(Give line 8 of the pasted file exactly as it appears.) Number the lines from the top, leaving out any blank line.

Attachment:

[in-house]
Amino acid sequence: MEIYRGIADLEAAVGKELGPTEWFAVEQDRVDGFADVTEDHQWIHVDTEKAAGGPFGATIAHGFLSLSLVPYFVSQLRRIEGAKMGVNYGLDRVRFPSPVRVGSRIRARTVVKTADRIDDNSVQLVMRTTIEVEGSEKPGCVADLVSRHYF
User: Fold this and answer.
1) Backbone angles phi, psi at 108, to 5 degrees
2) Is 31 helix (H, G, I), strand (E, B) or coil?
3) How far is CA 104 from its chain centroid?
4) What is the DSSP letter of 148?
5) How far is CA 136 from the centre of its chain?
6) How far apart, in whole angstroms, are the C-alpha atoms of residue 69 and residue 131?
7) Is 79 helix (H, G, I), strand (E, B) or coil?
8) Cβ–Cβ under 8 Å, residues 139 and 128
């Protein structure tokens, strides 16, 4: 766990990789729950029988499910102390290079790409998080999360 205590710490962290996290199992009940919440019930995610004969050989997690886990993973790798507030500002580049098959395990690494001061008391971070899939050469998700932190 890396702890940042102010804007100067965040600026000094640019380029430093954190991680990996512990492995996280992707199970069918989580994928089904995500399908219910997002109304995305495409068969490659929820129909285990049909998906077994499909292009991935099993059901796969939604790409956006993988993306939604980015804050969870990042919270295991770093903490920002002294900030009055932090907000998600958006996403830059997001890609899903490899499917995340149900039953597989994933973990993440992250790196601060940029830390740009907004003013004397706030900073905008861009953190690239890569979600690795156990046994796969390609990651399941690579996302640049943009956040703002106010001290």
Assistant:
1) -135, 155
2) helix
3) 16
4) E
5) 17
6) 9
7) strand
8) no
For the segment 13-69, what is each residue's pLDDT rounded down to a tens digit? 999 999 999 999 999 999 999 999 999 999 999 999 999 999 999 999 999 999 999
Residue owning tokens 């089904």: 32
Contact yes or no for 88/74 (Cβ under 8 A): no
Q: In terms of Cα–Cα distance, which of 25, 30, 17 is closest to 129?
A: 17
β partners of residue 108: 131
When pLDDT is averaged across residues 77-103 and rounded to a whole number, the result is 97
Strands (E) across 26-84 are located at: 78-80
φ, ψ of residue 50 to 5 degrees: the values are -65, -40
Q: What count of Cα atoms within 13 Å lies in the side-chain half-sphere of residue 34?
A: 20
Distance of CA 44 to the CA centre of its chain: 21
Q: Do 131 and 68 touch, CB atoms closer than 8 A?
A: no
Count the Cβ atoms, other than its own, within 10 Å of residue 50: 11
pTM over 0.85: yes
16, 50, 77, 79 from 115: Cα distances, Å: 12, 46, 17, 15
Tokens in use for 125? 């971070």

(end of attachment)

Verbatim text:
5) How far is CA 136 from the centre of its chain?